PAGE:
Over a decade ago, as I was traveling through Germany, I picked up an audio magazine at a train station to try and kill some time. Leafing through the periodical, I happened upon a review that announced with not atypical Teutonic certainty that the “loudspeaker is the slave of the amplifier.” Somehow or other it’s a statement that has stuck in mind through the years. I’ve seen some highly touted solid-state amplifiers wilt under the strain of trying to drive inefficient loudspeakers that feature punishing loads. Sufficient power separates the men from the boys, as it were, unless you happen to be driving horn loudspeakers, which are a totally separate thing.
I have tended to fall into the camp of higher-power amplifiers. For several years I used a variety of Classé Omega amplifiers, in stereo and monoblock configurations. Some of the other bruisers that have landed on my doorstep are Boulder, VTL, and D’Agostino. They tend to have a lot of resolving power and throw expansive soundstages. The new German-made Accustic Arts Amp II Mk 3, priced at $20,900, does not quite fall into the luxuriously priced amplifier camp. But that is part of its charm as it raises the eternal question: How much performance can you deliver at a less than stratospheric price?
Power is not a problem with this hefty dual-mono amplifier, which is really meant to be run in balanced mode and delivers a robust 275 watts into 8 ohms and 450 into 4 ohms. The Amp II is also a nifty-looking piece, both on the exterior and interior. Inside it’s packed with two heavy-duty transformers and 24 MOSFET output transistors that should be treated with respect (having been pressed into service to lug the amp up the stairs by my lonesome, I can attest that this is not a job for the timorous). This third generation of the Amp II occupies a special place in Accustic Arts’ history—its predecessor was one of the first components from the newly created company back in 1997, and was the product that put the company on the map. Ever since, the Amp II has been the core of the company’s line, which includes another stereo amplifier, two monoblock models, preamps, CD players, DACs, and cables. The Amp II, the owner’s manual assures us, is handmade. Based on the sound, I had no reason to doubt that assertion. Quite the contrary.
From the outset, the Amp II did a wonderful job of combining beauty and the beast. I had a lot of fun surprising my friends and industry professionals with its sound quality, including John Quick of dCS, the British digital company. I could see that Quick was inwardly skeptical of the amp. So I relished all the more hitting the play button on the dCS Vivaldi and watching a slight look of befuddlement cross the lad’s face. It wasn’t the first time I had seen that expression. The Amp II doesn’t meet expectations; it surpasses them.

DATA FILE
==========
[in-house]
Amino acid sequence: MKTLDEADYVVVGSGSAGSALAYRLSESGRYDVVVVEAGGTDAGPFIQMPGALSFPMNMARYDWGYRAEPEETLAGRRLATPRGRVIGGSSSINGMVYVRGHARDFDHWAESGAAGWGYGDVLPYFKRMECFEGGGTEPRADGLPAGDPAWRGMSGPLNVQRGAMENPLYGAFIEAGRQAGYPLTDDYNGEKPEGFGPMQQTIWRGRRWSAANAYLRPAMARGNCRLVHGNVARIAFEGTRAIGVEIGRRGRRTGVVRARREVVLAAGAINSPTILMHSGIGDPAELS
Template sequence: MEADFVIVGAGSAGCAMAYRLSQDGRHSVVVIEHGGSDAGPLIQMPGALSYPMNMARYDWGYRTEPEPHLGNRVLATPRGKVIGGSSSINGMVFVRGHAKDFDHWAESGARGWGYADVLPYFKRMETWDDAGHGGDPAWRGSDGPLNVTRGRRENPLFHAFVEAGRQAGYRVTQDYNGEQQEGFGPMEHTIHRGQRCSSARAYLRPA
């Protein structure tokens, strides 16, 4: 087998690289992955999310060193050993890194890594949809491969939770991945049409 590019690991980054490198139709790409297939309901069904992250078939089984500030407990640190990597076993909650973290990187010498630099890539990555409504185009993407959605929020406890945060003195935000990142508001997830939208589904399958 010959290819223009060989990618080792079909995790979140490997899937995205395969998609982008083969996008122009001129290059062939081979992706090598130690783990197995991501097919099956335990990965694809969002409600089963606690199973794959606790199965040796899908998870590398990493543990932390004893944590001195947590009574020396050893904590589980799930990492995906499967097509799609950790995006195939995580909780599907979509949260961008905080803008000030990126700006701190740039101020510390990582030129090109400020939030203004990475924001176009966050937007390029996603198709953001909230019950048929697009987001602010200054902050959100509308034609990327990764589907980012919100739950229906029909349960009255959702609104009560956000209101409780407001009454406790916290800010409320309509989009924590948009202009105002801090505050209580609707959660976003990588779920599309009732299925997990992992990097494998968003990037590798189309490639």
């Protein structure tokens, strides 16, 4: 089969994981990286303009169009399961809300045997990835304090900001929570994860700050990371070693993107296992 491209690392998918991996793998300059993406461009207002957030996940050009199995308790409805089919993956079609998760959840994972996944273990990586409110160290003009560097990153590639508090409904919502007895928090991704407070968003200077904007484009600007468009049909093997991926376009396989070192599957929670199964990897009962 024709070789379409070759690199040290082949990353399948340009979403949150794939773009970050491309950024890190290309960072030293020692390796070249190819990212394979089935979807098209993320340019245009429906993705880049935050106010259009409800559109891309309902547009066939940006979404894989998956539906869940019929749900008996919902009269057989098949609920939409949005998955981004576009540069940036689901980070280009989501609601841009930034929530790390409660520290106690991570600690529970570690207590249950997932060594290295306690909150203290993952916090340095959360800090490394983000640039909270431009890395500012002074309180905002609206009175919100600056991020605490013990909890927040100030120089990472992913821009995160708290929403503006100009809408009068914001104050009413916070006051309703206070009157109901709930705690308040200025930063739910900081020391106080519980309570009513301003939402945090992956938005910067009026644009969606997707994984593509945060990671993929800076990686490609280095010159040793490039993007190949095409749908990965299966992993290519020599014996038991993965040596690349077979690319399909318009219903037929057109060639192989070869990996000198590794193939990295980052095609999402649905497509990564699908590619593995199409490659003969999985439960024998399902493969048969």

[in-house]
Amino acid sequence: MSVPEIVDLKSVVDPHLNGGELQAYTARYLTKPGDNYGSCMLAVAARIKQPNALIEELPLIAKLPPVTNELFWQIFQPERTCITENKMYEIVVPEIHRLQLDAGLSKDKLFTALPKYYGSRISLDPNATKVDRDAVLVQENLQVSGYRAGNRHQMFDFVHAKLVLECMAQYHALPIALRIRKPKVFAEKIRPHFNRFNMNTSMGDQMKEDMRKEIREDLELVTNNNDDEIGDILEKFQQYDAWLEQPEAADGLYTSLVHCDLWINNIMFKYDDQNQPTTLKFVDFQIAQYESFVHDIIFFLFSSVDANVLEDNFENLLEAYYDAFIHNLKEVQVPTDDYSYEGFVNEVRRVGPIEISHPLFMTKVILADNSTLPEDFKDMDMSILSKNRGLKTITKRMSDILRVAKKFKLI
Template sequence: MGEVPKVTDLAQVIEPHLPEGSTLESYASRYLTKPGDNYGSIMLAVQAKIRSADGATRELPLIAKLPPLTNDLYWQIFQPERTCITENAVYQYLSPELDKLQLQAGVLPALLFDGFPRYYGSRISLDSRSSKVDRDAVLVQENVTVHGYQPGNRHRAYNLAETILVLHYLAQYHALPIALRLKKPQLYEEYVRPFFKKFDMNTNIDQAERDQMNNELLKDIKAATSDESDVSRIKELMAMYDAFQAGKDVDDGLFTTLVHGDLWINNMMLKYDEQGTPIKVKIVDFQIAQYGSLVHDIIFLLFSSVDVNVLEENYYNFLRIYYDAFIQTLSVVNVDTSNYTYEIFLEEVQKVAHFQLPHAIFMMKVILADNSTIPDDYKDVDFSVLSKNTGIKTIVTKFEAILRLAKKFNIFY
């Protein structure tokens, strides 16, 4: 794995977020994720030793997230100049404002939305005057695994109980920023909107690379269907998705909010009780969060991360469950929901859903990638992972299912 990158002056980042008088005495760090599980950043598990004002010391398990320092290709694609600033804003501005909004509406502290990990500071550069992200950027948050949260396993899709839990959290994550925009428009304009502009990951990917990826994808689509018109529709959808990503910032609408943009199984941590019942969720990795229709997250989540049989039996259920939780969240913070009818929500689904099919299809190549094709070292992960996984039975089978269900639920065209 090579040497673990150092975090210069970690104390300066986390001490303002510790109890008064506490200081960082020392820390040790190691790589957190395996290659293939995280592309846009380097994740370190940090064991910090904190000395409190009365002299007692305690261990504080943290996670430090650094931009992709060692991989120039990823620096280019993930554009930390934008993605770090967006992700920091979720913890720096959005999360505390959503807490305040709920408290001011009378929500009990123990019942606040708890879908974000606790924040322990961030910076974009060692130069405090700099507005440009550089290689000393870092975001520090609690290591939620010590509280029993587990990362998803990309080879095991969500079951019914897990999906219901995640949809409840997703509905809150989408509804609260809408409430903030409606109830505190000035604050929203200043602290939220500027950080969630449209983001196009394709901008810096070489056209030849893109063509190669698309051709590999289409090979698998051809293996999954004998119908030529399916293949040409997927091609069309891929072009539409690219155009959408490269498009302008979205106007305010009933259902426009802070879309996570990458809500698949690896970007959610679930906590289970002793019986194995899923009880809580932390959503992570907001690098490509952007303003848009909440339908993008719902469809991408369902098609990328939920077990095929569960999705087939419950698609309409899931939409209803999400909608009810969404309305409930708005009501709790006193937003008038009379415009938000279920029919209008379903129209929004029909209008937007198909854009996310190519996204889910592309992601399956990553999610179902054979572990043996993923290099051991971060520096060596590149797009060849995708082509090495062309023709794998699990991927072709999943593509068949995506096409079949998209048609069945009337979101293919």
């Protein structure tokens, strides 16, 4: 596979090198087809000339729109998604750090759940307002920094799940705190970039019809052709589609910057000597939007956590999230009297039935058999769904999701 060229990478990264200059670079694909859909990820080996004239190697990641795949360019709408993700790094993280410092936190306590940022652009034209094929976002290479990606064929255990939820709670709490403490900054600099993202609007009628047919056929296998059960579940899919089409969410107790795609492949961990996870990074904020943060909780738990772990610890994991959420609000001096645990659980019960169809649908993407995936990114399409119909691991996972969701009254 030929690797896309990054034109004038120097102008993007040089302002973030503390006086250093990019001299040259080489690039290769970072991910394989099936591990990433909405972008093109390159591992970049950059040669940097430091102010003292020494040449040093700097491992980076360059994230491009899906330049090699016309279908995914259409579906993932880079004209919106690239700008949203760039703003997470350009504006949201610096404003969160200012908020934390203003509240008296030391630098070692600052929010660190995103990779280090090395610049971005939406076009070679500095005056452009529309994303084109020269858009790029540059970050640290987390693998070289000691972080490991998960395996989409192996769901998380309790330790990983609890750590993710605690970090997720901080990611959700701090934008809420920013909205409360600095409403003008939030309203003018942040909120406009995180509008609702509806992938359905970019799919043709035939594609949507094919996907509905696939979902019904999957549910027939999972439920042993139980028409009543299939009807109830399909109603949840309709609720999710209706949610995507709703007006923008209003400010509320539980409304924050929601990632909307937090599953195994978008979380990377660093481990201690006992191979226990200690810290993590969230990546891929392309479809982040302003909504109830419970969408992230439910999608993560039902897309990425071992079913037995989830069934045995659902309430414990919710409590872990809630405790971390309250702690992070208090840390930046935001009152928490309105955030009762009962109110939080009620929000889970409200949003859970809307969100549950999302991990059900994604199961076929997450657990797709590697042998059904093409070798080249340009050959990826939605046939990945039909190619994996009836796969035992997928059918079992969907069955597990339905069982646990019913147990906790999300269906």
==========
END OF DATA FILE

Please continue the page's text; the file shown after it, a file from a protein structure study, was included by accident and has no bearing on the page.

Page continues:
This little number has not only a surprisingly lithe way with the music, but also an exceptional tonal purity that was particularly evident in the treble region. I much enjoyed listening to the CD A Trumpet Celebration by the Masters of Leipzig, which was recorded by the virtuoso Edward Carroll. Both on solos and with the New York Trumpet ensemble, Carroll’s regal sound came through with clarion authority. There is just something riveting, at least for me, in hearing the piccolo trumpet reproduced with this kind of elegance and lucidity. And don’t underestimate this amplifier’s bass control, either. The timpani whacks on these baroque masterpieces were controlled and detailed, conveyed with a satisfying thump that I have not heard many other amplifiers replicate.
On vocals I enjoyed many of the same qualities. The Amp II had the ability to convey the pathos of Schubert’s lieder, or art songs, on a Hyperion recording I regularly listen to that features the baritone Florian Boesch and the pianist Roger Vignoles. On songs such as “The Wanderer” or “The Gods of Greece,” the Amp II displayed excellent soundstaging, placing the piano firmly in the rear and Boesch front and center without any sense of wavering. The resonance of the piano and the lingering decay of the notes were finely rendered, a tribute not merely to the sheer power of the amplifier but also to the thoughtfulness with which it was voiced.